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Sonnet 55_T.

Törőcsik Tünde

The Sonnet 55 by William Shakespeare is considered one of the best poems of the
author. This acknowledgement has been made by scholars of various times, emphasizing the
prominence of the verse through countless reading approaches like New Critical and
Formalist positions.

New Critical approaches to Sonnet 55 draw the attention solely to the text with the aim
to analyse the structure of the poem and to find tensions building up and characterising the
verse. The poem was written in accordance with the structure of all Shakespearean sonnets
with the special rhyme scheme of abab cdcd efef gg and all composed in iambic pentameters.
The poem contains fourteen lines which are not segmented but appear in one block with three
quatrains and a rhyming couplet at the end of it. The argument with the main tension, to
achieve immortality, is escalating in the quatrains just to be resolved by a sudden twist in the
couplet. This reverse, the possibility of defeating death, holds the meaning and represents the
essence of the poem. When focusing on the structure of the verse, it can be seen that the first
quatrain introduces natural forces in the service of death. Concrete material like „marble” and
„stone” disappears in the course of time. But the poet states with great confidence that his
sonnet, his poetic force as „powerful rhyme”, will withstand and defeat the law of nature. In
the second quatrain death demonstrates even more ravage on Earth in forms of „wasteful
war”, „Mars” and „fire”, but still this havoc is not capable of destroying the poem, the
manifestation of passion. The third quatrain pictures the future life of his beloved, the vision
reaches great length in time „to the ending doom”. The poet is optimistic that he created such
a masterpiece that has every ability to hold and express his admiration „till the judgement”.
The last two lines, the couplet, point to the final solution of tension escalating through the
quatrains, and declare that immortality can really be achieved „You live in this, and dwell in
lover’ eyes.” However, the very notion of immortality is rather ambiguous as it has to face
with its own limitation, which is the end of the physical world. In order to mirror his personal
and expressive view to reality, Shakespeare employed various linguistic devices. Mars, the
god of war in Roman mythology, is the symbol of war, just as the sword and fire are the
symbols of death. The „ending doom” in line twelve stands for the very last day and
annihilation of our world, pointing to the „judgement” in line thirteen. This rhetorical form,
allusion, is a reference to the Last Judgement of the Bible, which makes the tone even more
dramatic and grandiose. In the expression of „sluttish time” ,in line four, the poet personifies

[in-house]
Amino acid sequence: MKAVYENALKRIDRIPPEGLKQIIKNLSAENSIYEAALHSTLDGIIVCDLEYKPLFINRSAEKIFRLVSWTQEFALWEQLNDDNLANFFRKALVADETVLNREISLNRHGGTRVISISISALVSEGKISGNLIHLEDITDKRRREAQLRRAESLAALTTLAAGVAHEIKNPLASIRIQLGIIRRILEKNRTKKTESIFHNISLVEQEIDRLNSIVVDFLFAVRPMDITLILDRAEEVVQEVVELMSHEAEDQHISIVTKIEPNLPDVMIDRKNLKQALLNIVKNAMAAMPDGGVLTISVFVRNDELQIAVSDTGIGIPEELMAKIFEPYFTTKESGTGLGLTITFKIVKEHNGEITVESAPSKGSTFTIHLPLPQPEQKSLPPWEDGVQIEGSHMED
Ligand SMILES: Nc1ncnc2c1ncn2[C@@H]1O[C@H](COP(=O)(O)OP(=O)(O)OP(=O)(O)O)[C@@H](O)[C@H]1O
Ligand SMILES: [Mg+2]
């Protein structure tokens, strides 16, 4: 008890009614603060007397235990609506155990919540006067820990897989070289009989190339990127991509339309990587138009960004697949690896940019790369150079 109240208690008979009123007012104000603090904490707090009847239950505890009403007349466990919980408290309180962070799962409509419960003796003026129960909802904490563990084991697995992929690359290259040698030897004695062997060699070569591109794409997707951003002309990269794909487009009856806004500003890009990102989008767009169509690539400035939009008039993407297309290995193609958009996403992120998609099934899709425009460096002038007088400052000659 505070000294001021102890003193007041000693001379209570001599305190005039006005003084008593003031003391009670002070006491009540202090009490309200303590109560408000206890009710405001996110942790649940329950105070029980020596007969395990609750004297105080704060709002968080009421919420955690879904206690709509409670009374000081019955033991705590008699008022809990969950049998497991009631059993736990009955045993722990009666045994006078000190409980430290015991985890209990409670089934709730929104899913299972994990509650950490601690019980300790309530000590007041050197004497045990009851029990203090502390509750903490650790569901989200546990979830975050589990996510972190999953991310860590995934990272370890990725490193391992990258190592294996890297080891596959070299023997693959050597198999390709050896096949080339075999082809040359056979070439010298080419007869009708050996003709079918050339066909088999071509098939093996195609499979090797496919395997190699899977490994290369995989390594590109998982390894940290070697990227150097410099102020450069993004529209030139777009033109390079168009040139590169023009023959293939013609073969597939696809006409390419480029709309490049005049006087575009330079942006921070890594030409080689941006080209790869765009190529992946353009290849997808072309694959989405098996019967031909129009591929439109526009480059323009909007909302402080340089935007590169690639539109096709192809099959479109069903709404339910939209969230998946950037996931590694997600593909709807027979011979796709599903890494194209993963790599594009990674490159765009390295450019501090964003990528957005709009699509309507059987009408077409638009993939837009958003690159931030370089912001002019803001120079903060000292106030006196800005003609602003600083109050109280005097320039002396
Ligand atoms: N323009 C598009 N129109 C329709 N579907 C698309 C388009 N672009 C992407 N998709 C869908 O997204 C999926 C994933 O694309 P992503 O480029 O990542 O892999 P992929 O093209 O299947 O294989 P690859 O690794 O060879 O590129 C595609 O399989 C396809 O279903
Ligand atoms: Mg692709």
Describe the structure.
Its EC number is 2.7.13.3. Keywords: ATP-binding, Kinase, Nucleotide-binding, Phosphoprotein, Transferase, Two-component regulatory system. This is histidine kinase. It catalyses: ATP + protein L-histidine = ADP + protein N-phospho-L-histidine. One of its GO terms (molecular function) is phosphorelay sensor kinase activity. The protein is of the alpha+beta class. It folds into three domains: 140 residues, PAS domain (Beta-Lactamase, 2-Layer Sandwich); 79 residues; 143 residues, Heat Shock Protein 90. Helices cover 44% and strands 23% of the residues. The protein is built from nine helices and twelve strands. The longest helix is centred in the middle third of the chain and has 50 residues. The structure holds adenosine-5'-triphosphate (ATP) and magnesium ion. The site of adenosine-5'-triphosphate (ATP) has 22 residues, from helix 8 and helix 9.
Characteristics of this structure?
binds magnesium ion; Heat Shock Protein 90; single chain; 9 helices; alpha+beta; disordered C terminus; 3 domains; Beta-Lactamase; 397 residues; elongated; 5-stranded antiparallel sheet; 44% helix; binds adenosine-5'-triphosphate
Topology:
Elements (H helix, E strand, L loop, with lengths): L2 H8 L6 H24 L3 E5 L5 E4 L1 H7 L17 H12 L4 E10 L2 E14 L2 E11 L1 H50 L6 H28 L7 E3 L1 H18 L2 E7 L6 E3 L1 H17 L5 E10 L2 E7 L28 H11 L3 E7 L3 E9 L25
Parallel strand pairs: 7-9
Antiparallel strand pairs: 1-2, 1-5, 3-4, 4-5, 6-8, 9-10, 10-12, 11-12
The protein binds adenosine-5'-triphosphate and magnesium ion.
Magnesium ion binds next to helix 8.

the time by adding the adjective of sluttish to it, indicating the qualities of dirtiness and
weakness in morality as if these attributes belonged to a human. The word „eyes” appears
twice in the poem, in the structures of „eyes of all posterity” and „lovers’eyes”. These
metaphores stand for the kind of existence where his beloved will live until the end of this
physical world. As the eye is the representation of the soul, so the admired person is going to
live both in the visible world, in the poem, and in the unvisible one, the heavenly place of
spirit. The paradox, which is whether the Last Judgement applies only to the end of the
physical world or designed to spell the destruction of the spiritual place too, resolved by the
knowledge of the Biblical prophecy declaring that after the great verdict there will be a new
heaven and a new earth. The paradox now is solved, the final conclusion can be drawn,
immortality can really be acheived.

In the aspect of Formalist interpretation of Sonnet 55, which also put high emphasis on
the analysis of the text, different concepts of evaluation seek to find what makes this poem
literary in contrast to ordinary speech. In regard to versification, the same conclusion can be
drawn as at the New Critical evaluation. Formalism also examines the rhyme scheme and
meter on the level of sound, but also notices the unusual deviation of these sound structures
from our everyday conversation. The unconventional word choice in the presence of
metaphores, allusion and symbols, described in the New Critical analysis, confirms the poem
literariness. Combination of words like „sluttish time” , „in the eyes of posterity” and „in
lovers’ eyes” reinforce the sonnet’s artistic value along with the unprobability use of them in
everyday language along with the inversion in line ten „Shall you pace forth”. The poet also
defamiliarizes our belief when he states that his sonnet, his poetry, will endure time and war
and is stronger than „marble” and „stone”. The possible existence of his loved one in the eyes
of other humans adds to the unusual perception. When forgrounding what is prominent in the
verse, it can be stated that the marvellous immortality of literature consequently places the
forces of nature and war to the background, highlighting the real function of literature as a
tool of eternal life, therefore elevating literariness high above our traditional existence.

In conclusion, although both critical approces focus on the text, their different methods
address different questions on what makes a text artistic. While in the New Critical analysis
the Shakespearean sonnet proves to be a prominent literary work of art by virtue of its formal
characteristics, the Formalist reading will conform the same evaluation of the poem but on the
basis of its formal as well as defamiliarized features.